CAIRO — The long banned Muslim Brotherhood said Tuesday it will form a political party once democracy is established in Egypt but promised not to field a candidate for president, trying to allay fears at home and abroad that it seeks power. Still, the fundamentalist movement is poised to be a significant player in the new order.
Egypt's new military rulers gave a strong sign they recognize that the Brotherhood, which calls for creation of an Islamic state in the Arab world's most populous nation, can no longer be barred from politics after the mass uprising that forced out President Hosni Mubarak with 18 days of protests.
The Armed Forces Supreme Council included a former Brotherhood lawmaker on an eight-member panel tasked with amending the constitution enough to allow democratic elections later this year.
The panel is comprised of legal experts of various ideologies, including secular liberal scholars and three judges from the current Supreme Constitutional Court, one of them a Christian, Maher Sami Youssef. The changes aim to open the field for political parties to form, loosen restrictions on who can run for president and write in guarantees to prevent the rampant election rigging that ensured Mubarak's ruling party a lock on power.
The panel's head is Tareq el-Bishri, considered one of Egypt's top legal minds. A former judge, he was once a secular leftist but became a prominent thinker in the "moderate Islamic" political trend. He is respected on both sides as a bridge between the movements. Sobhi Saleh, the Brotherhood representative, was jailed for three days during the protests.
The military is pushing ahead with a quick transition. Generals on the council said the military wants to hand power to a government and elected president within six months, the firmest timetable yet outlined. The constitutional panel has 10 days to propose its changes to be put to a referendum.
In Washington, President Barack Obama praised Egypt's military council for working toward elections and a return of civilian control.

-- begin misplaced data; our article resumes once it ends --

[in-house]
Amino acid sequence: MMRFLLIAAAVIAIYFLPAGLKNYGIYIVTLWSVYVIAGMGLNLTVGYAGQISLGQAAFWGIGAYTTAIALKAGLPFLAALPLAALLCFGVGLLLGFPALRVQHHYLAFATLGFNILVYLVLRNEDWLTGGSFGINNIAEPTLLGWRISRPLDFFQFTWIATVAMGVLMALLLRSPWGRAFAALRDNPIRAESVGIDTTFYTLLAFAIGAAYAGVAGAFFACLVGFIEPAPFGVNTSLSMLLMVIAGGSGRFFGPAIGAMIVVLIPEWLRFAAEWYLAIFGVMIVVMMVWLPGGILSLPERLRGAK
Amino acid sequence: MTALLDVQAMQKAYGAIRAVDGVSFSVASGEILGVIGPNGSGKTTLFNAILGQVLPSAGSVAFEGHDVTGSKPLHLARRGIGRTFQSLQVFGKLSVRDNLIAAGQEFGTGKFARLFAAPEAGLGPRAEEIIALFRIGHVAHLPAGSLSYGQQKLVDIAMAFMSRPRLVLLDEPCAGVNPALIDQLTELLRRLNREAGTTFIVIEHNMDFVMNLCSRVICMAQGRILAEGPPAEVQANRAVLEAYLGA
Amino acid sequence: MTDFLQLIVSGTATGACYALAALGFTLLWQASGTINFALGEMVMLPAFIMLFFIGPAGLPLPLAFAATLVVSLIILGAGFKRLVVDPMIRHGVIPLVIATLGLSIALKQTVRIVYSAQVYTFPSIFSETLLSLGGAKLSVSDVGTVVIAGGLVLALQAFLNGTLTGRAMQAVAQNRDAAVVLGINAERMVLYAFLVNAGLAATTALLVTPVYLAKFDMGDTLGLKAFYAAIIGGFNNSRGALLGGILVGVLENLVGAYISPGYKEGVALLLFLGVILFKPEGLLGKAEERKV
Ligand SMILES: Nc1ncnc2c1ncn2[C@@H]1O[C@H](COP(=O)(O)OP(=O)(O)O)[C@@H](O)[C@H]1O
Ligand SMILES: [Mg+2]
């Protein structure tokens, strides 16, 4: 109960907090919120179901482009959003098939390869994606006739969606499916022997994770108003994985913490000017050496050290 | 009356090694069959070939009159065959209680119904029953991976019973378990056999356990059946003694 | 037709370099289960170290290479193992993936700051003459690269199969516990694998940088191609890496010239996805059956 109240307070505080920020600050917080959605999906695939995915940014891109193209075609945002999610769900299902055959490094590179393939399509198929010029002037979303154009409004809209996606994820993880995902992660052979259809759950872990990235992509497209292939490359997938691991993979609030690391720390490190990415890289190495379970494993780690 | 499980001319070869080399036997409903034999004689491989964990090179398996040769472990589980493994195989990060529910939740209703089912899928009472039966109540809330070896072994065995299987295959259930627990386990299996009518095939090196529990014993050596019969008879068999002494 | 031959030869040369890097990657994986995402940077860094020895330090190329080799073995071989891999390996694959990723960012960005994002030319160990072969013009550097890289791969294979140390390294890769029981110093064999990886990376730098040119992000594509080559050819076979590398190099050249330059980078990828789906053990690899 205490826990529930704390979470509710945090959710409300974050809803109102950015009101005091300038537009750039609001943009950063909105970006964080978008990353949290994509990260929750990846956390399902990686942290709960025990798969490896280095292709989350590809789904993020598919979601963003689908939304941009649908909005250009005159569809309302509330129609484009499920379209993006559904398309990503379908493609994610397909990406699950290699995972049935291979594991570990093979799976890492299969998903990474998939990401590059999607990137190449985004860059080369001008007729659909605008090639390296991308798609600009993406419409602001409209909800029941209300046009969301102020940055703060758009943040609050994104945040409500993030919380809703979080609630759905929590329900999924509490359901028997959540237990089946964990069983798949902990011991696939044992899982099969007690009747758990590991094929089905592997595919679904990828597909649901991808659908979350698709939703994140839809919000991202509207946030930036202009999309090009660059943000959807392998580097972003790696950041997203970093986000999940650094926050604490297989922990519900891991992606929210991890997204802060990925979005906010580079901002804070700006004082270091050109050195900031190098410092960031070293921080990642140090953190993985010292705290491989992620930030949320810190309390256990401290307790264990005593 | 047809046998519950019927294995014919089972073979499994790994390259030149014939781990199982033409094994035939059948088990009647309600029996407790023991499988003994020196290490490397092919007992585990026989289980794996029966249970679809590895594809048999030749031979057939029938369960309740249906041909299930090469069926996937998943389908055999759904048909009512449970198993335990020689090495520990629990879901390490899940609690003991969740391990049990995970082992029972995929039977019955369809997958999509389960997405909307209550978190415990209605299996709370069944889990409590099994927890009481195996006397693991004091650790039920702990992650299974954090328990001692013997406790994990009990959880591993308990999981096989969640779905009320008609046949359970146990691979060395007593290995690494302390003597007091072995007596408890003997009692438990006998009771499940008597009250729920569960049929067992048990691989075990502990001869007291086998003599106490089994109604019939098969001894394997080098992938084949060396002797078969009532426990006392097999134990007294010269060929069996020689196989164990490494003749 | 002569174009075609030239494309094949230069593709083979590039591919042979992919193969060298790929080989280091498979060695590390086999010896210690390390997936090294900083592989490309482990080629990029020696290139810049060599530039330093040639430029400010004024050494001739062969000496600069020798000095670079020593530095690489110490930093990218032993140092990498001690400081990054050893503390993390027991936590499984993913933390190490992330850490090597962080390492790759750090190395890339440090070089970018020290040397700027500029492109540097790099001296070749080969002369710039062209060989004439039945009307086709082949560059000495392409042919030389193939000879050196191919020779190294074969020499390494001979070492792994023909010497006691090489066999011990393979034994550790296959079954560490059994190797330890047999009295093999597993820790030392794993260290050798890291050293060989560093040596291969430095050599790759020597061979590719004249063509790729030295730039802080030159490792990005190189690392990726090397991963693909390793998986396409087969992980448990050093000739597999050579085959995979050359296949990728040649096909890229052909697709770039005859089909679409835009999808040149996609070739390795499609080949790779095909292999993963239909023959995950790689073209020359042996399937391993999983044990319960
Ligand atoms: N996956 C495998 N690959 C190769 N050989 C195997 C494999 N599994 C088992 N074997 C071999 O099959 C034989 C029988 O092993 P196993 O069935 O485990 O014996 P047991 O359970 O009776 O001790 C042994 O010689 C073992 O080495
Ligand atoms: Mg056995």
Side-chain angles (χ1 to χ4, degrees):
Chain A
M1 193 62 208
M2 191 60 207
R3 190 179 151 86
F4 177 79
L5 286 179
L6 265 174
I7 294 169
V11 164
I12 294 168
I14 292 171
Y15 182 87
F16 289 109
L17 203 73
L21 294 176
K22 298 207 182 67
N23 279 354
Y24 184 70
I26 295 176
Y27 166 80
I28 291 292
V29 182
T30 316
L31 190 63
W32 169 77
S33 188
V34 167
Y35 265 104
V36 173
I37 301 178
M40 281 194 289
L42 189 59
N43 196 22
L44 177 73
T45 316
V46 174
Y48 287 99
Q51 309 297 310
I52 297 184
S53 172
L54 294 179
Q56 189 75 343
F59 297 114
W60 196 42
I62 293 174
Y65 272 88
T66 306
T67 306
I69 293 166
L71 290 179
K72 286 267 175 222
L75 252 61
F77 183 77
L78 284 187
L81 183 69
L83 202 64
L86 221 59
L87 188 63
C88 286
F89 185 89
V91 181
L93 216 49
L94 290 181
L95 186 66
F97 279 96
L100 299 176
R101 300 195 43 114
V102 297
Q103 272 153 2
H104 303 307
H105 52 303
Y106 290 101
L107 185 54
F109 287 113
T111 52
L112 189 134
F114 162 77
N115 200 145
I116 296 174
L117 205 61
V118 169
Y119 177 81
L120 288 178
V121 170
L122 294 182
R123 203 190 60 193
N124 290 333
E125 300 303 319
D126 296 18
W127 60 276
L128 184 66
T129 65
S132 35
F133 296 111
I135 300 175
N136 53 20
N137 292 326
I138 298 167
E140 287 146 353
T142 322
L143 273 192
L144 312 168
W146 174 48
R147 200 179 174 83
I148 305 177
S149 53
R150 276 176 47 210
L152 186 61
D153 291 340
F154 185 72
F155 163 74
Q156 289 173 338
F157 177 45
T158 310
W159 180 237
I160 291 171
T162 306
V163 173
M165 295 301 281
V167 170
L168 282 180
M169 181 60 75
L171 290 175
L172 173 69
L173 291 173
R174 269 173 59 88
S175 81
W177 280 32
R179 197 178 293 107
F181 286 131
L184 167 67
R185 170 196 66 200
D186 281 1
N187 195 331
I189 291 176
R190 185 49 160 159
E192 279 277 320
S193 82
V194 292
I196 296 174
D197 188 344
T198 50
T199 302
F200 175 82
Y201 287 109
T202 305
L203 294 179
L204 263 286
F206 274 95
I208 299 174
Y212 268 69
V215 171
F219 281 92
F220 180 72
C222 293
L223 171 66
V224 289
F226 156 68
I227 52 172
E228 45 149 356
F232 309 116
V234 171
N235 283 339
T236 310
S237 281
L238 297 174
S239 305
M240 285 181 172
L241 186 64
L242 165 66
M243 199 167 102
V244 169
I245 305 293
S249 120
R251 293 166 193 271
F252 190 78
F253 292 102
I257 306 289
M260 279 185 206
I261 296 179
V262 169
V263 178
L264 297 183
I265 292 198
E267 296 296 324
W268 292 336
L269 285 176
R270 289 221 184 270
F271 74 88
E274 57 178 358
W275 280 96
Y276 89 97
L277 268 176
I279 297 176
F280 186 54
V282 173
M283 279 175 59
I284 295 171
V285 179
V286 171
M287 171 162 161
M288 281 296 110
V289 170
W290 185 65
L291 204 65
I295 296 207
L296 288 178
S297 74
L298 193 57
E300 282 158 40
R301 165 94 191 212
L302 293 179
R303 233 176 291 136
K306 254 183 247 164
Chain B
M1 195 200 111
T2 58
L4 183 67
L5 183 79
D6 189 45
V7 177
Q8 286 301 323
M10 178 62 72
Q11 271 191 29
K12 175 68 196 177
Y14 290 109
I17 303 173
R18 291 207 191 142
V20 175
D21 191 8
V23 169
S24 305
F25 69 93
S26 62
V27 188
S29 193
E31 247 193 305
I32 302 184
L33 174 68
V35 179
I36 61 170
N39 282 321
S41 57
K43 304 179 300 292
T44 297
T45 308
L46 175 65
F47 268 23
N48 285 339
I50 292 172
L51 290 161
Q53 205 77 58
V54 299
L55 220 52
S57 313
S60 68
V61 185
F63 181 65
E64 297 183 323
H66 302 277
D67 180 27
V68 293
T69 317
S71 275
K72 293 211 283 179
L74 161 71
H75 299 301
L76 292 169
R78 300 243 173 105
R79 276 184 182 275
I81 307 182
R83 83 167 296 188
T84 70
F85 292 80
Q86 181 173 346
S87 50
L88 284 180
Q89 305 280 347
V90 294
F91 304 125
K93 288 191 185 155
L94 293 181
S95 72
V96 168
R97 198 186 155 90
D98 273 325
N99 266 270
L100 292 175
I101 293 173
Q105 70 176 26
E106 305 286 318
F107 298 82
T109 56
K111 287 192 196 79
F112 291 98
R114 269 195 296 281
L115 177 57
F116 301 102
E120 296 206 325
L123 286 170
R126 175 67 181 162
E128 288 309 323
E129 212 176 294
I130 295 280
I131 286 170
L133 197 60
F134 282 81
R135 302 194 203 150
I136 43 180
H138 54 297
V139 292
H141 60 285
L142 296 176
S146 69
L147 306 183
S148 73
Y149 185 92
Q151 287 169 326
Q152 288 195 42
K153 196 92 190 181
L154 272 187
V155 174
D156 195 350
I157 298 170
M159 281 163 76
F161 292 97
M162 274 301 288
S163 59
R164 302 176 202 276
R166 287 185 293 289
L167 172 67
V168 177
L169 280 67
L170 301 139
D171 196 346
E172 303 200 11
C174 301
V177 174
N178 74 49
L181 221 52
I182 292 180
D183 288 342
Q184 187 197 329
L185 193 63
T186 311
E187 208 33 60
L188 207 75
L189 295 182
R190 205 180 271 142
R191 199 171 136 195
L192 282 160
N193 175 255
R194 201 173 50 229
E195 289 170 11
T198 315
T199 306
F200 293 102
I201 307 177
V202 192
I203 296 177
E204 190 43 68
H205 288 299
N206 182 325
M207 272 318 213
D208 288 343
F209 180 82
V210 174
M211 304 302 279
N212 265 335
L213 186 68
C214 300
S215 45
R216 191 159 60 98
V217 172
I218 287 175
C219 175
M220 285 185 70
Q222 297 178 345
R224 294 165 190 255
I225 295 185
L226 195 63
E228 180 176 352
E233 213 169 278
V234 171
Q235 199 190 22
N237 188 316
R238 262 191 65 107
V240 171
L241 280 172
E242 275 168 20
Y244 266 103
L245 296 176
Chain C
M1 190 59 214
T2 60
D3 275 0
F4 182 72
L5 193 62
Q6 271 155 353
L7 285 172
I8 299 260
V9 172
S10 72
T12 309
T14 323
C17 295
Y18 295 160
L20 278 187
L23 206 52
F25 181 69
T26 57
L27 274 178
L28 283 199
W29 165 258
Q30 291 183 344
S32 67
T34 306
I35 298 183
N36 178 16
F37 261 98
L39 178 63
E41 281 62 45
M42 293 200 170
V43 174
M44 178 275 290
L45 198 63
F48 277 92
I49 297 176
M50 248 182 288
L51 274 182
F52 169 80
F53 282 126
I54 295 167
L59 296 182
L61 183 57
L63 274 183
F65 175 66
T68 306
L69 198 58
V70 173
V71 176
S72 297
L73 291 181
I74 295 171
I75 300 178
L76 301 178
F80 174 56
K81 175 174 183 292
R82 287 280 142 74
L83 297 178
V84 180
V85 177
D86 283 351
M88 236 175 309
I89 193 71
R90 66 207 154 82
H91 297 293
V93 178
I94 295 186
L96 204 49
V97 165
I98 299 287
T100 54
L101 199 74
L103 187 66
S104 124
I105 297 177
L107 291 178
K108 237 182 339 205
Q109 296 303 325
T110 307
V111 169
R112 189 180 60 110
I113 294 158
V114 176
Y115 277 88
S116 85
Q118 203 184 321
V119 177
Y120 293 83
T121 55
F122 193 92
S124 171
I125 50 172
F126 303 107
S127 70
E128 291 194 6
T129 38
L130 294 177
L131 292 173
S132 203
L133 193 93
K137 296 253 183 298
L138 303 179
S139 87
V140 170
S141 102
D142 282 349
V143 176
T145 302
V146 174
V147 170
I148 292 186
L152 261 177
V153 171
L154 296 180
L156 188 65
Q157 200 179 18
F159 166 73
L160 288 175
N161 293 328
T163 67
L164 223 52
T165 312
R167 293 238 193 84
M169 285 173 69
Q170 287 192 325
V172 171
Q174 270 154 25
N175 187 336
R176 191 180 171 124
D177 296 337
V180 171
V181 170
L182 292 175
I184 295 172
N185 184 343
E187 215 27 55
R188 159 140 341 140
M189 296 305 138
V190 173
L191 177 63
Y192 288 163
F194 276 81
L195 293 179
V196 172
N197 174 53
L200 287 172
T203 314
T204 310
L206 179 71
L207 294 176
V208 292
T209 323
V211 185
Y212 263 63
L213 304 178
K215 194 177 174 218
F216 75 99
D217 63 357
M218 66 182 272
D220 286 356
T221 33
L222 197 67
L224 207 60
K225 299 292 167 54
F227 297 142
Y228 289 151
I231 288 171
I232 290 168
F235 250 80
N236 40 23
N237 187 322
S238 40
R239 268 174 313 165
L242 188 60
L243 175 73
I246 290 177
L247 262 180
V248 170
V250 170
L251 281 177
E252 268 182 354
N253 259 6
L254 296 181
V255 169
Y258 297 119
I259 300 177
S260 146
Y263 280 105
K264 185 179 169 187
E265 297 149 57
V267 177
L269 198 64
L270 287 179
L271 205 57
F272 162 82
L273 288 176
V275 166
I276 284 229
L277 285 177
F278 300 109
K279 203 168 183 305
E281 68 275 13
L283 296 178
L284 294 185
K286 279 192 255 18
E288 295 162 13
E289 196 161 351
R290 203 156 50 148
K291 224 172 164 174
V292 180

"Egypt's going to require help in building democratic institutions, for strengthening an economy that's taken a hit. So far, at least, we're seeing the right signals coming out of Egypt," Obama said.
The potential that the Brotherhood will emerge from Egypt's upheaval with greater influence has worried many Egyptians. It also raised alarms in neighboring Israel and among some in the United States, fearing a spread of Islamic militancy in the region. During his 29 years in power, Mubarak stoked such concerns at home and abroad, depicting his authoritarian grip as the only thing standing between Egypt and a Brotherhood takeover.
But many in Egypt contend the Brotherhood's strength is exaggerated. Police crackdowns on the group raised sympathy for it in some quarters. Government restrictions kept liberal opposition parties weak, meaning the Brotherhood was the only organized vehicle for action against the regime. Public apathy at elections made the more motivated pro-Brotherhood voters loom larger.
"If the freedom to create political parties is seriously allowed, the Muslim Brotherhood will be part of the scene, but just not all the scene as they were in the past regime," said Ammar Ali Hassan, an Egyptian expert on Islamic movements.
Last week, Obama played down the Brotherhood's power, calling it only "one faction in Egypt" that does not enjoy majority support.
The wave of protests that ousted Mubarak may have hurt the Brotherhood's popularity, as well.
The group initially balked at joining the demonstrations when they began Jan. 25, until its younger cadres forced its leadership to join, fearing they would be left behind. Hundreds of thousands from across the spectrum of Egyptian society joined the protests. Brotherhood youth were a major source of manpower and organizational experience, but they never became the majority.
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